After 70 350 140
Not Solved 0 0 280
  1. A level seven question has three correct answers and a total of 12 choices:
    1. The equivalent level eight version has a value of 1,350 points, so the starting value is 675 points, which is half of 1,350.
    2. Divide the number of choices by the number of correct answers to get four (12 divided by three).
    3. Since the result is four, there's no additional adjustments necessary. Round to the nearest 10 to get 680 points.
  2. A different level seven question has eight correct answers and a total of 24 choices:
    1. The equivalent level eight version point value is 1,300, so the starting value is 650 points, which is half of 1,300.
    2. Divide the number of choices by the number of correct answers to get three (24 divided by eight).
    3. Subtract three from four to get one (4 - 3).
    4. Multiply one by 125 to get 125 (1 X 125).
    5. Subtract 125 from 650 to get 525 (650 - 125).
    6. Round to the nearest 10 to get 530.
  3. A level seven question has three correct answers with 10 choices.
    1. The equivalent level eight point value is 1,300, so the starting value is 650, which is half of 1,300.
    2. Take the number of choices and divide by the number of correct answers to get 3.33 (10 divide by 3).
    3. Subtract from four to get 0.67 (4 - 3.33).
    4. Multiply by 125 to get 83.75 (0.67 X 125).
    5. Subtract 83.75 from 650 to get 566.25 (650 - 83.75).
    6. Round to the nearest 10 to get 570.

The host can process multiple answer and educated guess answers in two ways: One, the host could put the highest number in a player's answer to the highest number in the answer, the smallest answer to the smallest number in the answer, and the remaining number to the middle. Two, the host could process them in order. This part talks about the outcome of an educated guess question with three answers and the two methods of processing the answers. Using the first method, the host will put each set of answers in order from smallest to largest. To hopefully make it easier to understand, the following table sorts and displays the answers for easier comparison:

Method One: Sorted Three Answer Educated Guess Example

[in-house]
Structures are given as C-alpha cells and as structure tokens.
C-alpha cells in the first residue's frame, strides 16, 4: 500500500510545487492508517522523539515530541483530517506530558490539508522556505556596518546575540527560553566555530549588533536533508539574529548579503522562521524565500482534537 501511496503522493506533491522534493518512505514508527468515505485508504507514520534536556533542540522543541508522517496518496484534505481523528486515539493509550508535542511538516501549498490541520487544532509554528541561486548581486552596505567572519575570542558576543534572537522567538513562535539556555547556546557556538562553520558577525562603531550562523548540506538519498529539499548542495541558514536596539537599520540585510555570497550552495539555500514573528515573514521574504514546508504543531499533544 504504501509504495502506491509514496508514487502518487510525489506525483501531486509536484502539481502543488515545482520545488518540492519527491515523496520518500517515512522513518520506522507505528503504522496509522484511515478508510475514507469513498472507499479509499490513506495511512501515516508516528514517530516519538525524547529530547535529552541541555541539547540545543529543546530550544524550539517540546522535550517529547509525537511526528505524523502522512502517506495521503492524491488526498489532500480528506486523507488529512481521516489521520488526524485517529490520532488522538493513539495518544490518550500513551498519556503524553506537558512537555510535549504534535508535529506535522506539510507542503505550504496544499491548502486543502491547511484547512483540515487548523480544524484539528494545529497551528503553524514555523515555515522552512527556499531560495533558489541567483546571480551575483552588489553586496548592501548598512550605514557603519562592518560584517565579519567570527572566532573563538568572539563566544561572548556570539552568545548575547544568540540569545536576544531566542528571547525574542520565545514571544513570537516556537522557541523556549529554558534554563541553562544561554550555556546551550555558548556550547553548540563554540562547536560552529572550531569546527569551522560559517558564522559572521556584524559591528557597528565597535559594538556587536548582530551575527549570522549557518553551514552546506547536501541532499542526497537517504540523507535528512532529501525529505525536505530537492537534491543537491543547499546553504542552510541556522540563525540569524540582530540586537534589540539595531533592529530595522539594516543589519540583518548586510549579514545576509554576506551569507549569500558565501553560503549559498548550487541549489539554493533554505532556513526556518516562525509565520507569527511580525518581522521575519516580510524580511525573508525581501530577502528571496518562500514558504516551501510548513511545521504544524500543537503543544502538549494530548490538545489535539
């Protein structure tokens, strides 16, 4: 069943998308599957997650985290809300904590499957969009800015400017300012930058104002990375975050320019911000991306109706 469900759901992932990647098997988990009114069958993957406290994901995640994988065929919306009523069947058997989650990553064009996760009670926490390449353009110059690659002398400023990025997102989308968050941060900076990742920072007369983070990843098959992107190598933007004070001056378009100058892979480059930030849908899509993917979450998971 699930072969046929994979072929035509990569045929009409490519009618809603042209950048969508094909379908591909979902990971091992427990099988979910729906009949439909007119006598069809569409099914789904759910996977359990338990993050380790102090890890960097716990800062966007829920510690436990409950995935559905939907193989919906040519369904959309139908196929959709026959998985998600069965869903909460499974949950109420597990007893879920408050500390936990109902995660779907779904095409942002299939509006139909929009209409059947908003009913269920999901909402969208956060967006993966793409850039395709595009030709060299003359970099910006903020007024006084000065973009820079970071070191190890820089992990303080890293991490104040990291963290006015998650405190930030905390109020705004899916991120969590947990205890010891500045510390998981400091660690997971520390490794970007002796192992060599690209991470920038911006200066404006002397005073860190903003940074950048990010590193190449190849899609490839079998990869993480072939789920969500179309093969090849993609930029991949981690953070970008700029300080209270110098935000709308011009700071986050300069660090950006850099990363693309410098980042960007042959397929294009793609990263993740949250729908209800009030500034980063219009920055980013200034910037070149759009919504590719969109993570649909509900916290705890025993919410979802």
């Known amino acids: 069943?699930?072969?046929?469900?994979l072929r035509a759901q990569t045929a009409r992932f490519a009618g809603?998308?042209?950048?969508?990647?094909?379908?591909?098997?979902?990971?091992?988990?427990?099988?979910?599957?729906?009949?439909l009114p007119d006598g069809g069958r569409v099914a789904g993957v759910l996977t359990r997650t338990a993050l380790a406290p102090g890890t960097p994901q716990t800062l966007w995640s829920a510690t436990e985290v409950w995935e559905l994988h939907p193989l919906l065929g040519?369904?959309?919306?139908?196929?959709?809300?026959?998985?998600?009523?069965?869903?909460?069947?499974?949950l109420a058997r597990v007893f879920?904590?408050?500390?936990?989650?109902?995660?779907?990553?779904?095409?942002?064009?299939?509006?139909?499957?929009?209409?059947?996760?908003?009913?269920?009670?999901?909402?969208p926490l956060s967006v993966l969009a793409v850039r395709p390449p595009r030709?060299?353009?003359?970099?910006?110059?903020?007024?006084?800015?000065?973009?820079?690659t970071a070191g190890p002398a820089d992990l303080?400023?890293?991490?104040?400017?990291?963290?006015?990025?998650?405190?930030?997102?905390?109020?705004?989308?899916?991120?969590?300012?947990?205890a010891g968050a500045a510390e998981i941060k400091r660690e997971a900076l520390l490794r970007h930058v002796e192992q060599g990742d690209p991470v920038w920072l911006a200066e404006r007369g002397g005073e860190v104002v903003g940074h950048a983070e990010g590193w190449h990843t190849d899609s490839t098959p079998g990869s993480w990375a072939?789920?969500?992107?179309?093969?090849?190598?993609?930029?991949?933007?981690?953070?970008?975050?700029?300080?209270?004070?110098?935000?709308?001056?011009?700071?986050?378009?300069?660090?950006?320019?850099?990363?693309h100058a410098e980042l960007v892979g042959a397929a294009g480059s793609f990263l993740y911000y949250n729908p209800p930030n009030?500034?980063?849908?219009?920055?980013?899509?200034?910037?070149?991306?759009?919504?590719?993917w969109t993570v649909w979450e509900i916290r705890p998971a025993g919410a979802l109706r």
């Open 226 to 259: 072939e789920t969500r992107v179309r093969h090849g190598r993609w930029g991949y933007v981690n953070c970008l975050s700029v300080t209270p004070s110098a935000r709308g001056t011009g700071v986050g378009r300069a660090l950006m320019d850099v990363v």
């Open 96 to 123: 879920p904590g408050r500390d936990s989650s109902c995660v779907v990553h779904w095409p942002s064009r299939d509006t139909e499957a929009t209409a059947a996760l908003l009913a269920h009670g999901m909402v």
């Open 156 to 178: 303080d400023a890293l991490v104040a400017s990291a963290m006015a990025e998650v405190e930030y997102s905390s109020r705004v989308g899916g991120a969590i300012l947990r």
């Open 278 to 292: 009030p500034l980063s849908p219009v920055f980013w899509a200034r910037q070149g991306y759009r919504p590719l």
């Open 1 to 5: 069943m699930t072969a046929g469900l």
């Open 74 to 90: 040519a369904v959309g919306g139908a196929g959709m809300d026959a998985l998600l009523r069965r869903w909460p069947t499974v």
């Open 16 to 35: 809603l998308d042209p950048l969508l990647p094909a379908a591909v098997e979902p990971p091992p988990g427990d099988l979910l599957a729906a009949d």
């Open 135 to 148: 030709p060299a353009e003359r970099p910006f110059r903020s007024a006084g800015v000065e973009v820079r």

Correct 35 38 44
Player One 25 35 45
Player Two 30 45 50

(Is this confusing yet? Don't worry, the host had difficulty processing the answers and had to write them down and then sort them.)

The bold numbers indicate the closest answer and who gets credit. Player One was the closest on two answers, and Player Two was the closest on one.

For method two, here's the data in a table to hopefully make it easier to understand:

Method Two: Three Answer Educated Guess Example
Correct 38 44 35
Player One 25 35 45
Player Two 45 30 50

Once again, the bold numbers indicate the closest answer and who gets credit. Player One was the closest on two, and Player Two was the closest on one.

Fortunately, the two methods do not change the outcome where Player One got two, and Player Two got one. Method one, however, takes the longest to process. It took writing the answers down and putting them in a table to fully process it.

The following table shows examples of an overall streak with question numbers for rows and number of players for columns:

Overall Streak Bonuses
Streak 4 Total 5 Total
4 1,100 (1) 2,000 (2) 1,400 (3) 2,500 (4)
5 1,300 (5) 3,300 (6) 1,600 (7) 4,000 (8)

(1) 200 X 4 = 800. 5 - 3 = 2 X 100 = 200. 2 - 1 = 1 X 100 = 100. 1 - 0 = 0. 800 + 200 + 100
(2) 1,100 + 900
(3) 200 X 4 = 800. 6 - 3 = 3 X 100 = 300. 3 - 1 = 2 X 100 = 200. 2 - 1 = 1 X 100 = 100. 1 - 1 = 0. 800 + 300 + 200 + 100
(4) 1,400 + 1,100
(5) 200 X 5 = 1,000. 5 - 3 = 2 X 100 = 200. 2 - 1 = 1 X 100 = 100. 1 - 1 = 0. 1,000 + 200 + 100
(6) 1,300 + 1,100 + 900
(7) 200 X 5 = 1,000. 6 - 3 = 3 X 100 = 300. 3 - 1 = 2 X 100 = 200. 2 - 1 = 1 X 100 = 100. 1 - 1 = 0. 1,000 + 300 + 200 + 100
(8) 1,600 + 1,300 + 1,100

When calculating the number of players bonus, notice that the calculation starts at one above the number of players. This is because the count includes the host.

Correct Spelling Bonus Example Using Deuteronomy:

The next table shows the bonus for breaking the overall record: The first column indicates if the record break is all at once or one number at a time; the second column shows the number of questions the player just got in a row; the third column was the previous record; and the fourth column is the bonus.